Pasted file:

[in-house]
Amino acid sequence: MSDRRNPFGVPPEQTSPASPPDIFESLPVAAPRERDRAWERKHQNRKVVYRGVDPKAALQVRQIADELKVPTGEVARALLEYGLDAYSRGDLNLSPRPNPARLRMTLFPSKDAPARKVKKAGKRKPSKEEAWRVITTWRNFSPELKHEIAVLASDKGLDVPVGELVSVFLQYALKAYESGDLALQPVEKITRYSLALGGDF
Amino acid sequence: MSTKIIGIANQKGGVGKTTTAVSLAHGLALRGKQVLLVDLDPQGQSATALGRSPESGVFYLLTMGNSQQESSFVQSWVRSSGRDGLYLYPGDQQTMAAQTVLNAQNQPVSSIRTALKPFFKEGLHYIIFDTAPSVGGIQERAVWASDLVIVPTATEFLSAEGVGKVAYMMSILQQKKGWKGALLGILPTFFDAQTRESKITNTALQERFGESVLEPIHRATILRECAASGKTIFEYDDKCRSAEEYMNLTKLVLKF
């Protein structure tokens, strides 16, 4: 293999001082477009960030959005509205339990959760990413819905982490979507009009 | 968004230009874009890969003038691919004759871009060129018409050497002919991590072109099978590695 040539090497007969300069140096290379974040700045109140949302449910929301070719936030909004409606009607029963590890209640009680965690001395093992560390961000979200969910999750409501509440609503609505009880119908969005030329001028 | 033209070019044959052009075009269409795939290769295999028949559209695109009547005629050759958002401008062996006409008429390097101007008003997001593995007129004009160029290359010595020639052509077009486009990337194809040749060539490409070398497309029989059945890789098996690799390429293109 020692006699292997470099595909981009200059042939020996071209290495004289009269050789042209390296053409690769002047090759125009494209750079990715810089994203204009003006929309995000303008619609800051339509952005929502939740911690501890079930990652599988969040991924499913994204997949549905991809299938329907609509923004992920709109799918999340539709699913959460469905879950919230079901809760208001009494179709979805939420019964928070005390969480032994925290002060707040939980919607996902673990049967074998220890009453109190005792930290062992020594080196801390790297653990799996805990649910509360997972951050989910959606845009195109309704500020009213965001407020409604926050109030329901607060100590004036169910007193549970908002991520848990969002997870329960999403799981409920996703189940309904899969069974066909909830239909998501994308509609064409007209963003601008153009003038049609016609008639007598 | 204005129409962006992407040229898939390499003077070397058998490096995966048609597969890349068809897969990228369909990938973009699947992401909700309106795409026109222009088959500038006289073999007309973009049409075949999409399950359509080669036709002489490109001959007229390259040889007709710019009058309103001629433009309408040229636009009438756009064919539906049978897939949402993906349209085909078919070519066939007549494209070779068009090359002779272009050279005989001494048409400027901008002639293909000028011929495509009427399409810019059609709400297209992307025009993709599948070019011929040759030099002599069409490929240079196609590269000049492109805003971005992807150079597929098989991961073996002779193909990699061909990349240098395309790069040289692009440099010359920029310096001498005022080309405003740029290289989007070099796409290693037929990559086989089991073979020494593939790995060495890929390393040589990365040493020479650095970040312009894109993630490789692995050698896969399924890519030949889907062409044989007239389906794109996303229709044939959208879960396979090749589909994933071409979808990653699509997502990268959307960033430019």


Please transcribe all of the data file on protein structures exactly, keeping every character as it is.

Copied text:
[in-house]
Amino acid sequence: MSDRRNPFGVPPEQTSPASPPDIFESLPVAAPRERDRAWERKHQNRKVVYRGVDPKAALQVRQIADELKVPTGEVARALLEYGLDAYSRGDLNLSPRPNPARLRMTLFPSKDAPARKVKKAGKRKPSKEEAWRVITTWRNFSPELKHEIAVLASDKGLDVPVGELVSVFLQYALKAYESGDLALQPVEKITRYSLALGGDF
Amino acid sequence: MSTKIIGIANQKGGVGKTTTAVSLAHGLALRGKQVLLVDLDPQGQSATALGRSPESGVFYLLTMGNSQQESSFVQSWVRSSGRDGLYLYPGDQQTMAAQTVLNAQNQPVSSIRTALKPFFKEGLHYIIFDTAPSVGGIQERAVWASDLVIVPTATEFLSAEGVGKVAYMMSILQQKKGWKGALLGILPTFFDAQTRESKITNTALQERFGESVLEPIHRATILRECAASGKTIFEYDDKCRSAEEYMNLTKLVLKF
């Protein structure tokens, strides 16, 4: 293999001082477009960030959005509205339990959760990413819905982490979507009009 | 968004230009874009890969003038691919004759871009060129018409050497002919991590072109099978590695 040539090497007969300069140096290379974040700045109140949302449910929301070719936030909004409606009607029963590890209640009680965690001395093992560390961000979200969910999750409501509440609503609505009880119908969005030329001028 | 033209070019044959052009075009269409795939290769295999028949559209695109009547005629050759958002401008062996006409008429390097101007008003997001593995007129004009160029290359010595020639052509077009486009990337194809040749060539490409070398497309029989059945890789098996690799390429293109 020692006699292997470099595909981009200059042939020996071209290495004289009269050789042209390296053409690769002047090759125009494209750079990715810089994203204009003006929309995000303008619609800051339509952005929502939740911690501890079930990652599988969040991924499913994204997949549905991809299938329907609509923004992920709109799918999340539709699913959460469905879950919230079901809760208001009494179709979805939420019964928070005390969480032994925290002060707040939980919607996902673990049967074998220890009453109190005792930290062992020594080196801390790297653990799996805990649910509360997972951050989910959606845009195109309704500020009213965001407020409604926050109030329901607060100590004036169910007193549970908002991520848990969002997870329960999403799981409920996703189940309904899969069974066909909830239909998501994308509609064409007209963003601008153009003038049609016609008639007598 | 204005129409962006992407040229898939390499003077070397058998490096995966048609597969890349068809897969990228369909990938973009699947992401909700309106795409026109222009088959500038006289073999007309973009049409075949999409399950359509080669036709002489490109001959007229390259040889007709710019009058309103001629433009309408040229636009009438756009064919539906049978897939949402993906349209085909078919070519066939007549494209070779068009090359002779272009050279005989001494048409400027901008002639293909000028011929495509009427399409810019059609709400297209992307025009993709599948070019011929040759030099002599069409490929240079196609590269000049492109805003971005992807150079597929098989991961073996002779193909990699061909990349240098395309790069040289692009440099010359920029310096001498005022080309405003740029290289989007070099796409290693037929990559086989089991073979020494593939790995060495890929390393040589990365040493020479650095970040312009894109993630490789692995050698896969399924890519030949889907062409044989007239389906794109996303229709044939959208879960396979090749589909994933071409979808990653699509997502990268959307960033430019």